Archive for the ‘Near Bahamas’ Category

As our time in the Bahamas for this season winds down, we find ourselves island hopping north and west through the Abacos, Dawn and Paul of Bubu 3 our guides as they’ve spent most of the season exploring these northern islands.  It’s been nice to get a little more remote, exploring beaches, swimming in the amazingly clear waters.

Manjack Cay is one that certainly makes our “we’ll- come- back- here list”, full of wide well-marked hiking trails to a number of gorgeous beaches.

Allans-Pensacola also makes the list.  Although the trail is more overgrown (machete for next visit?), the beach is well worth the seeking.  The four of us plus Kimba had the beach to ourselves this morning, though the Signing Tree offers evidence that many cruisers have come before us.  Kind of a collaborative, evolutionary art installation comprised mostly of beach-found objects.  A mama plover and her chick were quite elusive, and challenging to photograph against the coral rock, but I managed to get one good photo.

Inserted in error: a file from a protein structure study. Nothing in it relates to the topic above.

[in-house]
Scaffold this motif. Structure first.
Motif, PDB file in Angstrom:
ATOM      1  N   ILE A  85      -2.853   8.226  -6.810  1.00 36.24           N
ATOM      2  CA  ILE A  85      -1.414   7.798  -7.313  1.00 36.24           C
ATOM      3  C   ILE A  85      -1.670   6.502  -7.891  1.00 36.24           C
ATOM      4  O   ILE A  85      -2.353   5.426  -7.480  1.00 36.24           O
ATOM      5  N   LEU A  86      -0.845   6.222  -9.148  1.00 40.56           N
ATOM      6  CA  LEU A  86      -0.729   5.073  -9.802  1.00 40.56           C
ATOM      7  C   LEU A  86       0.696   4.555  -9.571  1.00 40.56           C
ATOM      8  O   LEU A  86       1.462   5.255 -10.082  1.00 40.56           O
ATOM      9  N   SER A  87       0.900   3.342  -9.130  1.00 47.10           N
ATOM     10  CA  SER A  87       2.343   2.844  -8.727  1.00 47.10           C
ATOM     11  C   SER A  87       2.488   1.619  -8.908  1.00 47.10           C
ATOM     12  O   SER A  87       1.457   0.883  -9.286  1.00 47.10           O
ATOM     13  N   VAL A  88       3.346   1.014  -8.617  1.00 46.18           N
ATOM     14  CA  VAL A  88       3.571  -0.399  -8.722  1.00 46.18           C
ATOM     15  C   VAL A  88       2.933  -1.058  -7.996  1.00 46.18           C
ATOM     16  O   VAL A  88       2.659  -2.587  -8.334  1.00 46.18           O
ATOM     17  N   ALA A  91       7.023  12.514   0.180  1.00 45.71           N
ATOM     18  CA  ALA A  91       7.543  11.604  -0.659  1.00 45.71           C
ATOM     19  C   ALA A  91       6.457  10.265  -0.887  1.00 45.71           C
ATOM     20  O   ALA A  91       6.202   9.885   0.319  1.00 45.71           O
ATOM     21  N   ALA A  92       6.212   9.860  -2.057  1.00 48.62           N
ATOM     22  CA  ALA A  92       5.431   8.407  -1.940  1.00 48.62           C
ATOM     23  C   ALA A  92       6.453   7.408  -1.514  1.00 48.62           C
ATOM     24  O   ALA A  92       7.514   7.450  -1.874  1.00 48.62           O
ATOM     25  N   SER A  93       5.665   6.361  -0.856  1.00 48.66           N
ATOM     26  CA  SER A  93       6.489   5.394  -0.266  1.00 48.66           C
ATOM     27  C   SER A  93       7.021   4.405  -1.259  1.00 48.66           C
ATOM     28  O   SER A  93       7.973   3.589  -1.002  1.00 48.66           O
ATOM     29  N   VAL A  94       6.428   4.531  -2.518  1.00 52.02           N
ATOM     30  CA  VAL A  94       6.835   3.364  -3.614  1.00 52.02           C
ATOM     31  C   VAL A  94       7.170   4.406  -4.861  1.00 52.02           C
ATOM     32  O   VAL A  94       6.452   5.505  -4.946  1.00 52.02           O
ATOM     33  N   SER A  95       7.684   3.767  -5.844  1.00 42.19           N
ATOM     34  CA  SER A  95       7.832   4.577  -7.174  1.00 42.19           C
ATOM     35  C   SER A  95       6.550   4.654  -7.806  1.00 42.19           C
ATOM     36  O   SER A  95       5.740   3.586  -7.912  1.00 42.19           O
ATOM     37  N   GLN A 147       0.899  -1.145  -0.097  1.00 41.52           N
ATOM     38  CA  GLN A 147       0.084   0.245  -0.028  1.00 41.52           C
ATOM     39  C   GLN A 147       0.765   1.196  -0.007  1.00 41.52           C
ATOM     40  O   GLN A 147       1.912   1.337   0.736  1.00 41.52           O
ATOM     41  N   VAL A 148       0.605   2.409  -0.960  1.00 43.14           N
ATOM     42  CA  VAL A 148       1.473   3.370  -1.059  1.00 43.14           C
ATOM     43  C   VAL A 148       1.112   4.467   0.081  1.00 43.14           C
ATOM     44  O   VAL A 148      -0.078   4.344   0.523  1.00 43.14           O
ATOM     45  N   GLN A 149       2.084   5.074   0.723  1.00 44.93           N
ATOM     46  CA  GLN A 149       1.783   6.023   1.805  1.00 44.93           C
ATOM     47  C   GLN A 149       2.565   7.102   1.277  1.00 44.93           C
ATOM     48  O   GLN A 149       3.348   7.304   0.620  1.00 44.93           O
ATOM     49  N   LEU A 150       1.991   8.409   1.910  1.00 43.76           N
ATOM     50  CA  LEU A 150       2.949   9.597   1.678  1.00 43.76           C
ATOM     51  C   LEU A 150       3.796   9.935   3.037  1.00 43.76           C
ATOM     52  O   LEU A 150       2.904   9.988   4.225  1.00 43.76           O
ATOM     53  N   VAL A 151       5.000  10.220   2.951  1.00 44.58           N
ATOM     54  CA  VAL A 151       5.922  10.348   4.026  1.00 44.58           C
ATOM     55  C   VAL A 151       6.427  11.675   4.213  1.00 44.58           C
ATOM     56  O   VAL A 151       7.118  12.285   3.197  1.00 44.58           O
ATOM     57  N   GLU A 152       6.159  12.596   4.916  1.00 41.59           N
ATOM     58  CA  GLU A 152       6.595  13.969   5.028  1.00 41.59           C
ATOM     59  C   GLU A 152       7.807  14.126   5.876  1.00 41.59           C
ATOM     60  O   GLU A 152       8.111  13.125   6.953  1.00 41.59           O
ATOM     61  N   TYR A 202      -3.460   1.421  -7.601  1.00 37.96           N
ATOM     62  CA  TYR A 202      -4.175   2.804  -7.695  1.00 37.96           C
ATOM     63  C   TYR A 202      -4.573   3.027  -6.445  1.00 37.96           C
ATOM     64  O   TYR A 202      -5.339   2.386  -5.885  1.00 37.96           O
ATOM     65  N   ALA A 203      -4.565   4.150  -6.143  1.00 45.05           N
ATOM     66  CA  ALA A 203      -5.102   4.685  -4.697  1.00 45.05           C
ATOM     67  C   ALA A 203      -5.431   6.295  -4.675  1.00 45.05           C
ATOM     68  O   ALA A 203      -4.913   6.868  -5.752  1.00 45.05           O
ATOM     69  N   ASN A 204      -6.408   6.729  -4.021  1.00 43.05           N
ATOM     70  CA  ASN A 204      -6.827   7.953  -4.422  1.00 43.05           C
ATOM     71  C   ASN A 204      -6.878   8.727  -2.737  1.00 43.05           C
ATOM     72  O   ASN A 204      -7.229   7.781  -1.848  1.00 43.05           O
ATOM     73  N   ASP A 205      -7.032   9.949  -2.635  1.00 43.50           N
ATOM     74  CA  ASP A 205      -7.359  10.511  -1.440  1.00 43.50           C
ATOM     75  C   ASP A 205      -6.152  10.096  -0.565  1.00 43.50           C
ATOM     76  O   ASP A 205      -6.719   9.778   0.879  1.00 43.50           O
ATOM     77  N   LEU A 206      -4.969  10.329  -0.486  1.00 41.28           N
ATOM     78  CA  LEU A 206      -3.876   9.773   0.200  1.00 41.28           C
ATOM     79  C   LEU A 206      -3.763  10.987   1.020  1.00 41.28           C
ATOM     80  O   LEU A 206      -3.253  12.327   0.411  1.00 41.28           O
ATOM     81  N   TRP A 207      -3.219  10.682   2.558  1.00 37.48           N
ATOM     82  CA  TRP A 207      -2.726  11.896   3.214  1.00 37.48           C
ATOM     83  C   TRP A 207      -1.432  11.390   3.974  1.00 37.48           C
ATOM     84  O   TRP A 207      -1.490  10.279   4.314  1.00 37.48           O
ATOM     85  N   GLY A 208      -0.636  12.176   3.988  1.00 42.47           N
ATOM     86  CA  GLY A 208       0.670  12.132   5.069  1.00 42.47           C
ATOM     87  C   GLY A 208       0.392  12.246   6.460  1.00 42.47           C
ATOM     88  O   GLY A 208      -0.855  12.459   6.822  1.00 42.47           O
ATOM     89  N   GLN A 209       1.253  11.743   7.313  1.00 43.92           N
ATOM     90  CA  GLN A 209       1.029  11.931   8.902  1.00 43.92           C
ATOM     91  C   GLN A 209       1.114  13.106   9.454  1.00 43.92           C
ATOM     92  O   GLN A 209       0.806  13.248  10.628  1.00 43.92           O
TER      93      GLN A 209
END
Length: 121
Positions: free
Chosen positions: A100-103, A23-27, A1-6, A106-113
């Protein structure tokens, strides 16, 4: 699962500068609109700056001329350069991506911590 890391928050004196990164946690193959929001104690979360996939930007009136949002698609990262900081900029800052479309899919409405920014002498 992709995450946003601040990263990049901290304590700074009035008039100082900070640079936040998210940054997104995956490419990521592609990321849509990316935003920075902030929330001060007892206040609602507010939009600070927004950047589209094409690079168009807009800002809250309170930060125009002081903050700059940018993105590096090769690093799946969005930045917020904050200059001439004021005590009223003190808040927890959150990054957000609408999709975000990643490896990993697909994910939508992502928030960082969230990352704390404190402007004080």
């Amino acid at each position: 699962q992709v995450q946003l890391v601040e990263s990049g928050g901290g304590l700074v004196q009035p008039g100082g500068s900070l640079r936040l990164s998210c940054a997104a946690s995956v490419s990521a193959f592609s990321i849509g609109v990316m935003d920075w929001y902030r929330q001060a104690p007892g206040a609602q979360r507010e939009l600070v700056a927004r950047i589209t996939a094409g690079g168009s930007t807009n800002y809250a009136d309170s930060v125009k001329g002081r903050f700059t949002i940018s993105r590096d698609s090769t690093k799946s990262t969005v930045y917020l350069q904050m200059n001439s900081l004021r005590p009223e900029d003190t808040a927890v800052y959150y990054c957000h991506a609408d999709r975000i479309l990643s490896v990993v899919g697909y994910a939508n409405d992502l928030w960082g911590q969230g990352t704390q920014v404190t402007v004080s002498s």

Tomorrow we’ll sail west, aiming for Great Sale Cay where we’ll lay over for a day of rest and preparation.  Weather permitting, we’ll depart Wednesday morning bound for home.